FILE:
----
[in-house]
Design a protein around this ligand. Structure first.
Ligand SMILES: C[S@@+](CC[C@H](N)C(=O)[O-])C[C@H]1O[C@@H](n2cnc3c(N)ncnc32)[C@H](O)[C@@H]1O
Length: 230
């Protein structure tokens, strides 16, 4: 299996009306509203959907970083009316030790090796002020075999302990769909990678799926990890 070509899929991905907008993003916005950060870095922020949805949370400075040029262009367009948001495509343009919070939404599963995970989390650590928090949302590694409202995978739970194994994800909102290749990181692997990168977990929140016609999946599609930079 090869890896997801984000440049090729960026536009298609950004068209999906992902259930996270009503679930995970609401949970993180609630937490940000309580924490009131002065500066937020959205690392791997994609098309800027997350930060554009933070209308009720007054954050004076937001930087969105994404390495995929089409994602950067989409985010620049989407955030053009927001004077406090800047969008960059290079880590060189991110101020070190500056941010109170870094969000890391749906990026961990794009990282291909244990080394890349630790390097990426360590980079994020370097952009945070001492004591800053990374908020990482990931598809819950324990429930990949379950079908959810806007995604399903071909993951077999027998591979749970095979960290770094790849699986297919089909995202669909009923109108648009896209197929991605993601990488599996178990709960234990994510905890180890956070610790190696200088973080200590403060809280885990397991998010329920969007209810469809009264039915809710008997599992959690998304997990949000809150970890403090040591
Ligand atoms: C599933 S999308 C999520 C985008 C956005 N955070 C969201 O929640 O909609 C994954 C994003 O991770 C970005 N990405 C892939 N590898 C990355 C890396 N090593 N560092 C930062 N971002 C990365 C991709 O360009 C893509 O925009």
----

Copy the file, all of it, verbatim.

[in-house]
Design a protein around this ligand. Structure first.
Ligand SMILES: C[S@@+](CC[C@H](N)C(=O)[O-])C[C@H]1O[C@@H](n2cnc3c(N)ncnc32)[C@H](O)[C@@H]1O
Length: 230
């Protein structure tokens, strides 16, 4: 299996009306509203959907970083009316030790090796002020075999302990769909990678799926990890 070509899929991905907008993003916005950060870095922020949805949370400075040029262009367009948001495509343009919070939404599963995970989390650590928090949302590694409202995978739970194994994800909102290749990181692997990168977990929140016609999946599609930079 090869890896997801984000440049090729960026536009298609950004068209999906992902259930996270009503679930995970609401949970993180609630937490940000309580924490009131002065500066937020959205690392791997994609098309800027997350930060554009933070209308009720007054954050004076937001930087969105994404390495995929089409994602950067989409985010620049989407955030053009927001004077406090800047969008960059290079880590060189991110101020070190500056941010109170870094969000890391749906990026961990794009990282291909244990080394890349630790390097990426360590980079994020370097952009945070001492004591800053990374908020990482990931598809819950324990429930990949379950079908959810806007995604399903071909993951077999027998591979749970095979960290770094790849699986297919089909995202669909009923109108648009896209197929991605993601990488599996178990709960234990994510905890180890956070610790190696200088973080200590403060809280885990397991998010329920969007209810469809009264039915809710008997599992959690998304997990949000809150970890403090040591
Ligand atoms: C599933 S999308 C999520 C985008 C956005 N955070 C969201 O929640 O909609 C994954 C994003 O991770 C970005 N990405 C892939 N590898 C990355 C890396 N090593 N560092 C930062 N971002 C990365 C991709 O360009 C893509 O925009």